On keeping “Excruciatingly Correct Advent”
I was delighted by a recent blog post on Confessions of a Carioca, the blog of Fr. Dan Martins. He shares a bit of his own spiritual journey, including a gradual shift in how we has understood Advent. Perhaps I enjoyed this post so much because it is so familiar to me, having made a similar journey myself. Martins talks about the struggles that he faces in encouraging people to keep Advent faithfully, not just in church but at home too.
Failure to keep an Excruciatingly Correct Advent will certainly not keep anyone out of the Kingdom of God. It won’t, in and of itself, subtract one gem from anybody’s heavenly crown. And I don’t think Jesus even gives it a second thought (though, I would like to think, party animal that he was while inhabiting this planet in human form, that he might not be above engaging in some playful repartee on the subject).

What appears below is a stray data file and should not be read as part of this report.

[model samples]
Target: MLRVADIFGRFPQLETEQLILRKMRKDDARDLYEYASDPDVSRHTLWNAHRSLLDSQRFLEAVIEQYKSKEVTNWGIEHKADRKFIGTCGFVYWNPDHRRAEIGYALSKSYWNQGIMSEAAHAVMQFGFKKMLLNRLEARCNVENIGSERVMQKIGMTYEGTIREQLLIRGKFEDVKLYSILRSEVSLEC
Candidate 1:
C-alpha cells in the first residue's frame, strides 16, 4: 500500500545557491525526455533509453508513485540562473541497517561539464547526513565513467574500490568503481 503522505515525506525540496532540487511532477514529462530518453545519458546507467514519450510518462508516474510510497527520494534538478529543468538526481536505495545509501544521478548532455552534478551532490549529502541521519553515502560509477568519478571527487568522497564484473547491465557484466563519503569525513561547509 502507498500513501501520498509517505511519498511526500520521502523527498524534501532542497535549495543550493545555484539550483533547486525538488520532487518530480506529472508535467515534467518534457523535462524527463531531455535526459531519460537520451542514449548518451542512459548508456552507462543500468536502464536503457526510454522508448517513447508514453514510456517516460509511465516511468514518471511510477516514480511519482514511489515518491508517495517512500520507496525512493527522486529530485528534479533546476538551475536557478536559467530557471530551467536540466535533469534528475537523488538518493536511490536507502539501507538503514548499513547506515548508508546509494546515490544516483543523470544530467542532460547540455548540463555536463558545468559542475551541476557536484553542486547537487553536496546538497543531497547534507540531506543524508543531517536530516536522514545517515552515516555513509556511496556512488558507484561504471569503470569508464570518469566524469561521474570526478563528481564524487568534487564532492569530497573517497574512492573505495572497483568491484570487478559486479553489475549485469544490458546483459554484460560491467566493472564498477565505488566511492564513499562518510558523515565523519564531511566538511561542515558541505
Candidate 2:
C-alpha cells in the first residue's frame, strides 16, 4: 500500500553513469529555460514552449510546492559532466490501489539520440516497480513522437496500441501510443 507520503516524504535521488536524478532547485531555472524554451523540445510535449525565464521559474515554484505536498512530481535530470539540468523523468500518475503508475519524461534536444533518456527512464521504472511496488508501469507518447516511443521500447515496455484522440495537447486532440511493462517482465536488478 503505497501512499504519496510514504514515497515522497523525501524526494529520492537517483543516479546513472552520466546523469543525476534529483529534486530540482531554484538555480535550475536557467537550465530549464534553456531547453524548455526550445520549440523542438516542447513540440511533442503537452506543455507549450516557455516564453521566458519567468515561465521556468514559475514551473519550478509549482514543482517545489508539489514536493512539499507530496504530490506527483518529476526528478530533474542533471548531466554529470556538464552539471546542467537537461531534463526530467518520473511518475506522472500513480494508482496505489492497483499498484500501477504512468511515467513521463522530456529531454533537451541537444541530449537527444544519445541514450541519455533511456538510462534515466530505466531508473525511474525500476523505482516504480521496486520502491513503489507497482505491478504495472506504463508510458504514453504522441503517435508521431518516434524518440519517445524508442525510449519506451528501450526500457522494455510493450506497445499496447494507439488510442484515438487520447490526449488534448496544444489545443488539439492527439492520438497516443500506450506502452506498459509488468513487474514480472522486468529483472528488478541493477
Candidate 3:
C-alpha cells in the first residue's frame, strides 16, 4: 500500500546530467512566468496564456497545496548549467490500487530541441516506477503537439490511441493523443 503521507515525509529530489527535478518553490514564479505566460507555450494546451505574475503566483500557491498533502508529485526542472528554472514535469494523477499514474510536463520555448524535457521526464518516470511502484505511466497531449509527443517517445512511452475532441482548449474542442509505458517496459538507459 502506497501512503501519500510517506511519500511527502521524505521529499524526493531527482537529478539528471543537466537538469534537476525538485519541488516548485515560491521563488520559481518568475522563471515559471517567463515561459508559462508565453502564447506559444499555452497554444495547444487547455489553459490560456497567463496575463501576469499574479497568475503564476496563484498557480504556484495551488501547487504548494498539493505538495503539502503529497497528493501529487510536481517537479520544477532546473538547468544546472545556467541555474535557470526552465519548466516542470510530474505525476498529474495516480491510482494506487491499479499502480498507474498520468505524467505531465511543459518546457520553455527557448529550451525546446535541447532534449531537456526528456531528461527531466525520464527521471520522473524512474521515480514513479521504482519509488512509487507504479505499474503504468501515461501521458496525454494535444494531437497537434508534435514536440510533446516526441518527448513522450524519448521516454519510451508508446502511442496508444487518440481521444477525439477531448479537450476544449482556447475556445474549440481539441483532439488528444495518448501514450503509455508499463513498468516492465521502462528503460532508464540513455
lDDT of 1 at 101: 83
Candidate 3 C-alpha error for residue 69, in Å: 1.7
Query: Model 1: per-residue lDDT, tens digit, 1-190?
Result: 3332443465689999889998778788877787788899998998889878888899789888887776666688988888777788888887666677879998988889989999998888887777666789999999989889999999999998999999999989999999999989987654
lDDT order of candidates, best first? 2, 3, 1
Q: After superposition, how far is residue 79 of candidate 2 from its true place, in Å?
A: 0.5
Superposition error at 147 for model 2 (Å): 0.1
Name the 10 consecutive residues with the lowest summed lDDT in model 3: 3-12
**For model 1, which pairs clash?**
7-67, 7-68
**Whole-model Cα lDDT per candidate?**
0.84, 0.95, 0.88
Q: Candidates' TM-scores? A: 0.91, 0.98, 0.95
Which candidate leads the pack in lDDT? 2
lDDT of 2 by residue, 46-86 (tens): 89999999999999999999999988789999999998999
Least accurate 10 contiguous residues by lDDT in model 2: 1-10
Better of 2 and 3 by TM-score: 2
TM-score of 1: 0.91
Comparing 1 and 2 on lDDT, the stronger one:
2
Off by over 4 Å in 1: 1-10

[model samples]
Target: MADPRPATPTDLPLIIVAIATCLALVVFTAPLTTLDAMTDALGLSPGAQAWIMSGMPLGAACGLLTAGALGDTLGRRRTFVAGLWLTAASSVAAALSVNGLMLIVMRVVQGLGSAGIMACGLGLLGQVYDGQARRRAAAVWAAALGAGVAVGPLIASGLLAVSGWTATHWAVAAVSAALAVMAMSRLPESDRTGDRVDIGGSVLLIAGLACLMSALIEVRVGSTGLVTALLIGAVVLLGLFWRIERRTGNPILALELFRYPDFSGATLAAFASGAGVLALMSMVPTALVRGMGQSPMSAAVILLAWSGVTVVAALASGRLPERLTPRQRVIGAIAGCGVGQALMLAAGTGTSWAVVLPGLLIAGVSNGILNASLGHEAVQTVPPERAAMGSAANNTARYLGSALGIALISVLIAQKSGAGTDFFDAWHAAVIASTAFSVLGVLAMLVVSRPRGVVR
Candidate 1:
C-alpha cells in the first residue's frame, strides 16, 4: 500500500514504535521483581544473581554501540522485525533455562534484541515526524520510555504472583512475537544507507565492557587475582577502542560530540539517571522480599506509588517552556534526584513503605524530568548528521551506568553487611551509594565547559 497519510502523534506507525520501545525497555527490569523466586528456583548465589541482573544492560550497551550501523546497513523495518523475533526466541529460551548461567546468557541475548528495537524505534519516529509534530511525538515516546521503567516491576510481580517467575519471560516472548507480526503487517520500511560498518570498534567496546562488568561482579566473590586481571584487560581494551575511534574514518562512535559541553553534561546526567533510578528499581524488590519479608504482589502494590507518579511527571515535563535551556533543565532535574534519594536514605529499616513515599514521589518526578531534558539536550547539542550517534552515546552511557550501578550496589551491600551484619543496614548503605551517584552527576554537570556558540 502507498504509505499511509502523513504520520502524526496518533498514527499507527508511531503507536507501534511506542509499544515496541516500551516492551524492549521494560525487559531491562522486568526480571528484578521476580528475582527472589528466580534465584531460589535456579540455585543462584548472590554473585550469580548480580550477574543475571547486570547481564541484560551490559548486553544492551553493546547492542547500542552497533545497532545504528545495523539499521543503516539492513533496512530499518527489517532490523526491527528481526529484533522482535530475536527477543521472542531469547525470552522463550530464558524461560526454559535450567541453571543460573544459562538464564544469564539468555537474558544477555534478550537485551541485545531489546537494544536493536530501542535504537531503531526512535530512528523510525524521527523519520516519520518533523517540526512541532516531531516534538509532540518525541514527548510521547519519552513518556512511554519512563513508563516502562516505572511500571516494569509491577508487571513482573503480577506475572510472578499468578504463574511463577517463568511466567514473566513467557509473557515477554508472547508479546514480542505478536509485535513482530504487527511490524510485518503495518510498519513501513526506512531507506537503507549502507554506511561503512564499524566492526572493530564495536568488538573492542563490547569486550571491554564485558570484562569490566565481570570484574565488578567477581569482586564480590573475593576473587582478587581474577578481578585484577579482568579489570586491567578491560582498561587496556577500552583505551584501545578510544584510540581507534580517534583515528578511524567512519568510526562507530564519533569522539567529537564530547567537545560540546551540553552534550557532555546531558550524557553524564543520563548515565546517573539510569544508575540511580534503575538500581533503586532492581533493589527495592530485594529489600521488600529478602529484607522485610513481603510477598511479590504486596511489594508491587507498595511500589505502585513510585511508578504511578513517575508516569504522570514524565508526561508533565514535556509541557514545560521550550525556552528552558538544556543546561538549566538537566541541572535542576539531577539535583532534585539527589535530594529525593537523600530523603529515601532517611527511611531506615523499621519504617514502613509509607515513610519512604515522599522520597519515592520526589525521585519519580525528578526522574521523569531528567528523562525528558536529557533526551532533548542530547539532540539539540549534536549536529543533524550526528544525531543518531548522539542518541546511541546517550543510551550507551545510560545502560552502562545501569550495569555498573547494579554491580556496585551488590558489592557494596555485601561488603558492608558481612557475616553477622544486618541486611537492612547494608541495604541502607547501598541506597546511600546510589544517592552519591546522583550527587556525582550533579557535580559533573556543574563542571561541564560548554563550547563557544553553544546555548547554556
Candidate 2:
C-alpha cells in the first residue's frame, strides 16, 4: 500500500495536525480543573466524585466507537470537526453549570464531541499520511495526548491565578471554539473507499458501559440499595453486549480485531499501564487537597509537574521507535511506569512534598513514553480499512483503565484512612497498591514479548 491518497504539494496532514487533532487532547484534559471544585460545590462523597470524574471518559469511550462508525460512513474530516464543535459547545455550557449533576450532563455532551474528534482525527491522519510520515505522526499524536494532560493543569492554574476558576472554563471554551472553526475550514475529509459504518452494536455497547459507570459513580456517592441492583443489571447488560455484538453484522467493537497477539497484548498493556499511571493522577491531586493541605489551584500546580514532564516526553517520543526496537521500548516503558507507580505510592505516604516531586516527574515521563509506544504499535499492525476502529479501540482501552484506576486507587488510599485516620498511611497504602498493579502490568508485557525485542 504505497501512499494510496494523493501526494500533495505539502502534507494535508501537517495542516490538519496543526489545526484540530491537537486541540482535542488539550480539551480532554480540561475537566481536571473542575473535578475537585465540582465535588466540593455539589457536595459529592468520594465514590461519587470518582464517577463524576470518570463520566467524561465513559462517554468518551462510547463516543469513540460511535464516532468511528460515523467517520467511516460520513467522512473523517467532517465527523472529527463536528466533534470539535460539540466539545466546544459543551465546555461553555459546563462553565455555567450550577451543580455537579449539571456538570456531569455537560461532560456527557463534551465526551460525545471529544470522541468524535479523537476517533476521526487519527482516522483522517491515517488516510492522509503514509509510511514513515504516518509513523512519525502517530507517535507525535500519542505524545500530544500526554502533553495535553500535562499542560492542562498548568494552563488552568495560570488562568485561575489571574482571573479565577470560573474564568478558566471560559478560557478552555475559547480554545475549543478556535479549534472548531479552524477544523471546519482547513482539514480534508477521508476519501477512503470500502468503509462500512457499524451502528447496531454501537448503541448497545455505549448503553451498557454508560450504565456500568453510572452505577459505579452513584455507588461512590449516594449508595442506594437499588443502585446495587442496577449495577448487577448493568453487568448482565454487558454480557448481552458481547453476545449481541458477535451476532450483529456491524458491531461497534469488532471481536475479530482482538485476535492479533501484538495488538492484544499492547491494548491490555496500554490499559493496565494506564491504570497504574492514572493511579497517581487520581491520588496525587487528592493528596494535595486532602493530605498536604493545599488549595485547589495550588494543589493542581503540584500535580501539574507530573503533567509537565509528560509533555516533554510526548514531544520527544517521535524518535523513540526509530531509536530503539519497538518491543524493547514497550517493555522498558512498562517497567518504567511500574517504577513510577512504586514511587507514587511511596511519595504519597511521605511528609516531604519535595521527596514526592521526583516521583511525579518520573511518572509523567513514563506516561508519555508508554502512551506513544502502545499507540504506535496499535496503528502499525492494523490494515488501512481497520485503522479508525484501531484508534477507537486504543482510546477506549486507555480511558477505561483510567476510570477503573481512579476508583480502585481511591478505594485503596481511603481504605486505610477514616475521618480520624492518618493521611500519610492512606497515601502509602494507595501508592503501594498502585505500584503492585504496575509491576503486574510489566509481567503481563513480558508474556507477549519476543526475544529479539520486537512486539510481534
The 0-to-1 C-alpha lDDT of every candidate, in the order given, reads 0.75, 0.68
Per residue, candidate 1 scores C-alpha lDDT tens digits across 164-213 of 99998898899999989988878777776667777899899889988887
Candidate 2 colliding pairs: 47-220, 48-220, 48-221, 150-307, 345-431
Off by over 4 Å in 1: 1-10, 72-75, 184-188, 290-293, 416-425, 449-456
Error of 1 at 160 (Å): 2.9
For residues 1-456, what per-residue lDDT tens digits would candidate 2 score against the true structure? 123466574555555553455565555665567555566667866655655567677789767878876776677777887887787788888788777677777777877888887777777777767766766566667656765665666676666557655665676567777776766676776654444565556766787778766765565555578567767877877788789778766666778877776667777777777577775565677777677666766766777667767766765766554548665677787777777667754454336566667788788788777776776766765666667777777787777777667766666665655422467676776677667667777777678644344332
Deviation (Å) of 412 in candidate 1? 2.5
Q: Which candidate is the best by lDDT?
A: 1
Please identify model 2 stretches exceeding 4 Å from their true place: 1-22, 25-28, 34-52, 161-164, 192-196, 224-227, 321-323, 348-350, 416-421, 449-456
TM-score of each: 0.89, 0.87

That said, we do well to remember the purpose of any feast day, fast day, or liturgical season—Advent, Christmas, or the Tenth Sunday after Pentecost—or, for that matter, any liturgical practice, discipline, gesture, or posture. They are all tools. They are all means to an end.
That’s right. Or to put it another way, the Sabbath was made for us, and not we for the Sabbath. We should realize that all our liturgical observances are intended to draw us closer to God. The sacraments are to prepare us for a time when there will be no more sacraments. Now, of course, there is a danger here that we will go too far the other way, failing to take seriously our liturgical tradition and the radical life to which we are called to live. Getting the balance right is tricky.
For parish priests, it’s always hard to know when we should be generous in accepting resistance to the church’s tradition and when we should be firm in setting a high standard. I don’t suppose there are any easy answers. Maybe the best way we pastors can lead people is to live a joy-filled life ourselves, rooted solidly in the life of the church. For that reason, I was glad to read Dan’s post. I’ll bet the people of his parish are more likely to keep Advent faithfully with such a faithful leader, willing to share his struggles and eager to share his joy.